The U.S. Supreme Court has agreed to consider one question in a decade-old case two whistleblowers won against State Farm Fire & Casualty Co., proving to a federal jury in Gulfport that the insurer defrauded the National Flood Insurance Program.
State Farm appealed the 2011 verdict on more than one point, but the high court will consider whether attorneys for the whistleblowers, Cori and Kerri Rigsby, violated federal law by disclosing the lawsuit to members of the media while it was still under seal in 2006. A whistleblower lawsuit is sealed so federal prosecutors have time to investigate the alleged government fraud and decide whether to undertake prosecution.
In this case, the whistleblowers proceeded with the case after the government decided against intervening. The sisters, who worked as claims adjusters for State Farm after Hurricane Katrina, alleged the insurance company charged the federal flood program for damage its policies should have covered as wind losses.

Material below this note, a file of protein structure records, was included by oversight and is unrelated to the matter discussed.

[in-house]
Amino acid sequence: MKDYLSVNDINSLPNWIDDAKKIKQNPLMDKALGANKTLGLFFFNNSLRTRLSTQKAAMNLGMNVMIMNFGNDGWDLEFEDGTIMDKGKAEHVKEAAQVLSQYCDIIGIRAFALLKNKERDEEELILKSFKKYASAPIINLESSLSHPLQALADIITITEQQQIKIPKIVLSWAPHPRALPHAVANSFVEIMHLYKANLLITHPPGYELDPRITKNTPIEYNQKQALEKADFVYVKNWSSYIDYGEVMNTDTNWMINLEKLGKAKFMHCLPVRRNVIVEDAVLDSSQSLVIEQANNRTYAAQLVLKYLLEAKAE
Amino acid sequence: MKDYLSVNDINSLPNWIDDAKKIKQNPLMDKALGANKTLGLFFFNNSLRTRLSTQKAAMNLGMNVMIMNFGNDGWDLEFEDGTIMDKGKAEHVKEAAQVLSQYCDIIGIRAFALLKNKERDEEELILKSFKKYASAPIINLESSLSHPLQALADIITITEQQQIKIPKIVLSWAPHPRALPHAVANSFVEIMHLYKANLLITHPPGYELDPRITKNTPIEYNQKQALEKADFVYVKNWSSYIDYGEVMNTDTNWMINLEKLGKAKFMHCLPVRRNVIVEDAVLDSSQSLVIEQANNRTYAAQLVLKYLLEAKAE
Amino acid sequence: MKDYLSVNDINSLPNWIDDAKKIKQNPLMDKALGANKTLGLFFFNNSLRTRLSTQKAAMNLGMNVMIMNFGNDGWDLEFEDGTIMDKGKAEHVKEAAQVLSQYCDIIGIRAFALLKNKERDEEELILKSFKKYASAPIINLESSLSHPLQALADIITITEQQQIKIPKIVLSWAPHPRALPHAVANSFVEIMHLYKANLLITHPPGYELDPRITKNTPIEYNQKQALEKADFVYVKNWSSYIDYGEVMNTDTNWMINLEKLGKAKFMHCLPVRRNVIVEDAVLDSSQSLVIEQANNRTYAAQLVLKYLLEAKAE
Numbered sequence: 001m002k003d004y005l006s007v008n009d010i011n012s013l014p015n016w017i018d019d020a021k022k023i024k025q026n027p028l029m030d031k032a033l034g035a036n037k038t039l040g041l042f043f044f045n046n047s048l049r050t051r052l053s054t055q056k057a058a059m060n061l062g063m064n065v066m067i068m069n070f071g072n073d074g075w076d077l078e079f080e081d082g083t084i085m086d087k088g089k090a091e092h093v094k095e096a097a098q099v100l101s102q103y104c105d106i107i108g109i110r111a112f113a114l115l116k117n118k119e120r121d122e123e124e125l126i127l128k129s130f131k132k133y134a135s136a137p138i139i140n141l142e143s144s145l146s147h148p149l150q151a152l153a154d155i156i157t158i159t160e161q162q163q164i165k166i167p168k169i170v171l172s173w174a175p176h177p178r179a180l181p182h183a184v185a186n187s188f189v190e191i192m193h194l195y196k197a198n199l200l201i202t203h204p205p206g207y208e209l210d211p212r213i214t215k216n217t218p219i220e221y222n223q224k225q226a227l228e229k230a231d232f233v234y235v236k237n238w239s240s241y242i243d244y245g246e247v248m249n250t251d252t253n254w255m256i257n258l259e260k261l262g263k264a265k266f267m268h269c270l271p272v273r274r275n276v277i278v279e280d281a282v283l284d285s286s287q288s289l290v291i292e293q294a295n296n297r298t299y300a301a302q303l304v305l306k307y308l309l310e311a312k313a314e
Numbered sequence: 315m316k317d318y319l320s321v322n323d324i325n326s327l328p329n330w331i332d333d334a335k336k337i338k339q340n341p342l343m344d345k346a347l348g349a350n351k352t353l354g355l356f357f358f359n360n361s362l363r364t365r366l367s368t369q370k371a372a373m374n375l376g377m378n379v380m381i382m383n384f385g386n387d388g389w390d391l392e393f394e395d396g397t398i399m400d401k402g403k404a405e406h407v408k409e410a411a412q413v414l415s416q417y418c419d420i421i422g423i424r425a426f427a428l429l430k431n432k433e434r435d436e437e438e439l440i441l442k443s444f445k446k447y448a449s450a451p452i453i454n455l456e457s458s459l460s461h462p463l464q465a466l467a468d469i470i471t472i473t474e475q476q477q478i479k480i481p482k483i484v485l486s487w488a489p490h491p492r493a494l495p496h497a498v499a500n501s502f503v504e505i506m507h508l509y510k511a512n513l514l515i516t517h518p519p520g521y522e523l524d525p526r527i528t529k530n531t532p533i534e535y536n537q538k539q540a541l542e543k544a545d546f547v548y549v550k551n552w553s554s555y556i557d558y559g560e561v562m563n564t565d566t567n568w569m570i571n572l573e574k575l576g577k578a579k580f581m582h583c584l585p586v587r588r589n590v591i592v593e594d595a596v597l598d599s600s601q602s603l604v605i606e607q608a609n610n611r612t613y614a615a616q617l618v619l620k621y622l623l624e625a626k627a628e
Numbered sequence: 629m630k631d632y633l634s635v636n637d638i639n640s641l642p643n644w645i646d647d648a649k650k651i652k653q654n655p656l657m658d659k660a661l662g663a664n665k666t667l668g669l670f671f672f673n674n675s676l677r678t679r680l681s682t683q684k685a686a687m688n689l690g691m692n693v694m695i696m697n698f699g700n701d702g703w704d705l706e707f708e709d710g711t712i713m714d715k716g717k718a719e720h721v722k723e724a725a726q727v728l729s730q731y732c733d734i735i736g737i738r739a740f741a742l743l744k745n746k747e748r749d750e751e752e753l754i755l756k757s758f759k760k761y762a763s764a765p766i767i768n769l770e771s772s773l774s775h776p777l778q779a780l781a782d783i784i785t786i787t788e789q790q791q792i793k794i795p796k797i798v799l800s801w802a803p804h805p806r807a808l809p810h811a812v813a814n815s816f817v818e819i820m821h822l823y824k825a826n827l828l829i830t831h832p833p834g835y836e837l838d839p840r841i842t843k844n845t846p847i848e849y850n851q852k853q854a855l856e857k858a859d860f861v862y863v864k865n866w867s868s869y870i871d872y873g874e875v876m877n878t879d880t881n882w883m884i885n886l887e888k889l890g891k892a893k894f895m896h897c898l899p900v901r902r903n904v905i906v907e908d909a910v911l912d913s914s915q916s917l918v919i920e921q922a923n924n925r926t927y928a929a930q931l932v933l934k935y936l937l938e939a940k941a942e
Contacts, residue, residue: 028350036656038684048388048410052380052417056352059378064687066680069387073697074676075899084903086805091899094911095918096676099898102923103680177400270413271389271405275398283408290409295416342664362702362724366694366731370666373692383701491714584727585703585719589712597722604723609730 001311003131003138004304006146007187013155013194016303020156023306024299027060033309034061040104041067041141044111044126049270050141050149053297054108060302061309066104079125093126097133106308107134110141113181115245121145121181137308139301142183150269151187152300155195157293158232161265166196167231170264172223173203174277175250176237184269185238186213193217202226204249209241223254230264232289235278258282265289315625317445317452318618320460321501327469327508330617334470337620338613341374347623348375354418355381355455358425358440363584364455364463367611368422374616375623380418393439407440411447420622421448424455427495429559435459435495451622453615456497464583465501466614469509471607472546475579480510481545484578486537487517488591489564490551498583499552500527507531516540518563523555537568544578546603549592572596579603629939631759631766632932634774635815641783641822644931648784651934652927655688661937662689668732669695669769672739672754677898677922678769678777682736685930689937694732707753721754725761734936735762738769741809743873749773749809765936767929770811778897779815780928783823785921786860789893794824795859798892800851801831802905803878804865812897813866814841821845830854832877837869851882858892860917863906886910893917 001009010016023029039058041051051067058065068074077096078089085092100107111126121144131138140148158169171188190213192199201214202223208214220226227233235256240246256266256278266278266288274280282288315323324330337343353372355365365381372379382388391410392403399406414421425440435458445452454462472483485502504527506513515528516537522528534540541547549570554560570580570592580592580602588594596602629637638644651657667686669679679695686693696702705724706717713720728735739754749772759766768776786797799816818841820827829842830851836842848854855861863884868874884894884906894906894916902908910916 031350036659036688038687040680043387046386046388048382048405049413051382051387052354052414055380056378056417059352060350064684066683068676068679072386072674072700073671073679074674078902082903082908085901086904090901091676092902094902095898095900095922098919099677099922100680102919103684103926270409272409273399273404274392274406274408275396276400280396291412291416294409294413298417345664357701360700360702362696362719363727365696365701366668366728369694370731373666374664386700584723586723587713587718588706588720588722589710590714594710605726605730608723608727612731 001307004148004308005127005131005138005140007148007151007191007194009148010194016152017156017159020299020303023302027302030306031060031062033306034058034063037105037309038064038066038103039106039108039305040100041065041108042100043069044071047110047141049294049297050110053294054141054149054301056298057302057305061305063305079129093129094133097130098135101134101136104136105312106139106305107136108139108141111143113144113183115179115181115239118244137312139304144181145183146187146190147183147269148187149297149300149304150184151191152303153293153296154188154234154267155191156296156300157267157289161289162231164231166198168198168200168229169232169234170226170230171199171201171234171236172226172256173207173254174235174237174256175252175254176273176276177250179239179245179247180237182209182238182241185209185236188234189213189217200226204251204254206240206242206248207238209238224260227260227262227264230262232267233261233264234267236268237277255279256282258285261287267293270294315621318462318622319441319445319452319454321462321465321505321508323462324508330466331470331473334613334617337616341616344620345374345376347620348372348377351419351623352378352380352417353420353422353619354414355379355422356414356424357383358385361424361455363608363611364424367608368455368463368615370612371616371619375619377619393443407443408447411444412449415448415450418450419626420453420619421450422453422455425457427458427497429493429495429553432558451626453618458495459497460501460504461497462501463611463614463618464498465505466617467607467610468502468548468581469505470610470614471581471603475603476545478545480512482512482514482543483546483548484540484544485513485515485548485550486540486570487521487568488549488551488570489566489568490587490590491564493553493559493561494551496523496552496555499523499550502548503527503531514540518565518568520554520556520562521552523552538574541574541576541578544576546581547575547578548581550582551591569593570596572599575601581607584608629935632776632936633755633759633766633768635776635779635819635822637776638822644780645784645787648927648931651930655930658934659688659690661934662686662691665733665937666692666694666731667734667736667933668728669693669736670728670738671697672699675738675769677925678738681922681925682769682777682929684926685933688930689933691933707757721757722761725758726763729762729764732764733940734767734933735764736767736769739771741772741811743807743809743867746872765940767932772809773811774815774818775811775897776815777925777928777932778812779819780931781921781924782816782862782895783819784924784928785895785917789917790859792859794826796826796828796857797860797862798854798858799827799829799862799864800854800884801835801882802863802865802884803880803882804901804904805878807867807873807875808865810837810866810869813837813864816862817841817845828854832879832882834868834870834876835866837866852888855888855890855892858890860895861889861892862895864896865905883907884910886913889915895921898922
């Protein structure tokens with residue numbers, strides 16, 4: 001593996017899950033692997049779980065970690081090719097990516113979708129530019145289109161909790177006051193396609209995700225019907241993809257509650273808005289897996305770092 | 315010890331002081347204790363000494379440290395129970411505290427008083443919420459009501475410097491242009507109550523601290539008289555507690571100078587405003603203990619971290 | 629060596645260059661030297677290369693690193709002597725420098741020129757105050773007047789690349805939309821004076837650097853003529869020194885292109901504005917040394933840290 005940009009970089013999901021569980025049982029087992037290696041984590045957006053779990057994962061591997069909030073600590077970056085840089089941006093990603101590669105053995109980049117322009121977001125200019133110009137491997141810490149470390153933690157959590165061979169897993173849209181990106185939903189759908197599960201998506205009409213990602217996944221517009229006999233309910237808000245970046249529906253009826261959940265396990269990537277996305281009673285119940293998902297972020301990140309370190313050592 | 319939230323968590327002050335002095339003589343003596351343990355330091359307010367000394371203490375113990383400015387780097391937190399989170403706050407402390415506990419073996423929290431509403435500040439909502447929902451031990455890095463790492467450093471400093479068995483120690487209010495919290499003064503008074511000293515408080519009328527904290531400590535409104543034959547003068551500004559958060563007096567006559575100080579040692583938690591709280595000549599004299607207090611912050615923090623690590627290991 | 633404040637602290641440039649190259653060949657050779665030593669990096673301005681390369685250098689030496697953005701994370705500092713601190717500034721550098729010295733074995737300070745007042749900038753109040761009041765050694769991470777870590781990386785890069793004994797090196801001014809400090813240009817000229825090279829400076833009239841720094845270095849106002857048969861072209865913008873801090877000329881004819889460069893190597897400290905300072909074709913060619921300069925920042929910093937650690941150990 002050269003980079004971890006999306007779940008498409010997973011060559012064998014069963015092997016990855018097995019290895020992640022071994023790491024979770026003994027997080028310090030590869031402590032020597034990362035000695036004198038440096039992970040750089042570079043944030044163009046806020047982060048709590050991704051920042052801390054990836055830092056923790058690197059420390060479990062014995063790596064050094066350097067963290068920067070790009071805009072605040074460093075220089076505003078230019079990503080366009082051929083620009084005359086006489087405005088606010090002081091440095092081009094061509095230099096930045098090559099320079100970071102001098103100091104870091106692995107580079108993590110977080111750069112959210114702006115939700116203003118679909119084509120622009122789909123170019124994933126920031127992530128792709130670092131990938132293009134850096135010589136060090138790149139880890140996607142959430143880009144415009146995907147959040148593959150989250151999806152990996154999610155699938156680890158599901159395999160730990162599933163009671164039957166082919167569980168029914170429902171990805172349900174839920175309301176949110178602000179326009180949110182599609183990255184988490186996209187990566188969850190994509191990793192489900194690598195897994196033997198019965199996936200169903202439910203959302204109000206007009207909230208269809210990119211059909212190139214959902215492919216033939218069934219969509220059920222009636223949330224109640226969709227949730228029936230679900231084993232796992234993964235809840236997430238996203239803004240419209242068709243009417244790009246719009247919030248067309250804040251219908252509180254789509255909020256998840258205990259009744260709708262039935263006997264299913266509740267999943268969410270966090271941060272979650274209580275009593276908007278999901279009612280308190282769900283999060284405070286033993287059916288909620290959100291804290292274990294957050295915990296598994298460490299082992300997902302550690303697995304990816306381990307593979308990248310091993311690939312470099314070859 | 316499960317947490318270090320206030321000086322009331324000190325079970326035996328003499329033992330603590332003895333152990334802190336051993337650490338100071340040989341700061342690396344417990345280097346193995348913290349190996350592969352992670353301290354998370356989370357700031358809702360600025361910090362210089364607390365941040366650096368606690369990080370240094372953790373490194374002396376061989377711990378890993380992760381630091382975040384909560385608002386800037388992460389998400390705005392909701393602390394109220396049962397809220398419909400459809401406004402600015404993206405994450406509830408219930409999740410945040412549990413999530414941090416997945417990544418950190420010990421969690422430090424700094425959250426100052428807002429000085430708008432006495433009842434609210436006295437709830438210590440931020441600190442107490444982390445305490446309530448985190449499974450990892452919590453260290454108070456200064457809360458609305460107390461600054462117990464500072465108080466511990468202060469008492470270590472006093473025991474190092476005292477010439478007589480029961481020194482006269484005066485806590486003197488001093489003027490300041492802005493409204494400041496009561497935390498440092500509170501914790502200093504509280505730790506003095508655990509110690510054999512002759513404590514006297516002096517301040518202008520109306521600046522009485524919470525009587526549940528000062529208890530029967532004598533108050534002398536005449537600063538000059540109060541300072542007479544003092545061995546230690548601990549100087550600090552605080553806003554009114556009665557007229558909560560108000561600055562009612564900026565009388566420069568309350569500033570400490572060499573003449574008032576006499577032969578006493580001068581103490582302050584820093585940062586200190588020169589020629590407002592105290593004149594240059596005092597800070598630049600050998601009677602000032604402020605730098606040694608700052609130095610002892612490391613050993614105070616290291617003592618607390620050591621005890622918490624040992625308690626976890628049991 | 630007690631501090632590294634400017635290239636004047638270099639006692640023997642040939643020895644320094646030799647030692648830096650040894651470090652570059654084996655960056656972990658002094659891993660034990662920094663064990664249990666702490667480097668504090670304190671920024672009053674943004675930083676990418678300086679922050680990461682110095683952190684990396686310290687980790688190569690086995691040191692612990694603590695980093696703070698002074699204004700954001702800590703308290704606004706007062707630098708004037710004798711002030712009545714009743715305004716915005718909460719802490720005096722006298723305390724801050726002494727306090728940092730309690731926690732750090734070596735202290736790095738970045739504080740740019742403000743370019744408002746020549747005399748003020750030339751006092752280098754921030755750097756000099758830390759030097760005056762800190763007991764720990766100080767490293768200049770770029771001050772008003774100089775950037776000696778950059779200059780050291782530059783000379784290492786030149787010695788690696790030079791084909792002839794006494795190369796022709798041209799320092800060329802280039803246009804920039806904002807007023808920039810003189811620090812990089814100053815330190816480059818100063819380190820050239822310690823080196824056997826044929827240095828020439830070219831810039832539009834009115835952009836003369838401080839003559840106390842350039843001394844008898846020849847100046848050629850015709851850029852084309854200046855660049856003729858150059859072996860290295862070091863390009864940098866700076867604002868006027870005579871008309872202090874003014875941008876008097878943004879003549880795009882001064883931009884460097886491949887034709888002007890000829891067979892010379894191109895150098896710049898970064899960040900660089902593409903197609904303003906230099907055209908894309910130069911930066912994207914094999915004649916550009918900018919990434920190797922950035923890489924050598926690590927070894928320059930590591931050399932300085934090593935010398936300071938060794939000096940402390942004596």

The Supreme Court's decision to consider the case will not necessarily change the jury's 2013 verdict.
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The federal trial judge and the 5th U.S. Circuit Court of Appeals found early disclosure had not harmed the case and also that the Rigsbys previous legal team, not the women, leaked the lawsuit. If the Supreme Court disagrees, it could throw out the fraud verdict as part of the penalty for disclosure, said one of the Rigsby's attorneys, Maison Heidelberg of Jackson. On the other hand, he said, the verdict could stand even if the disclosure question is resolved in State Farm's favor.
A State Farm spokesman said the company is pleased with the court's decision to hear its appeal and welcomes the review.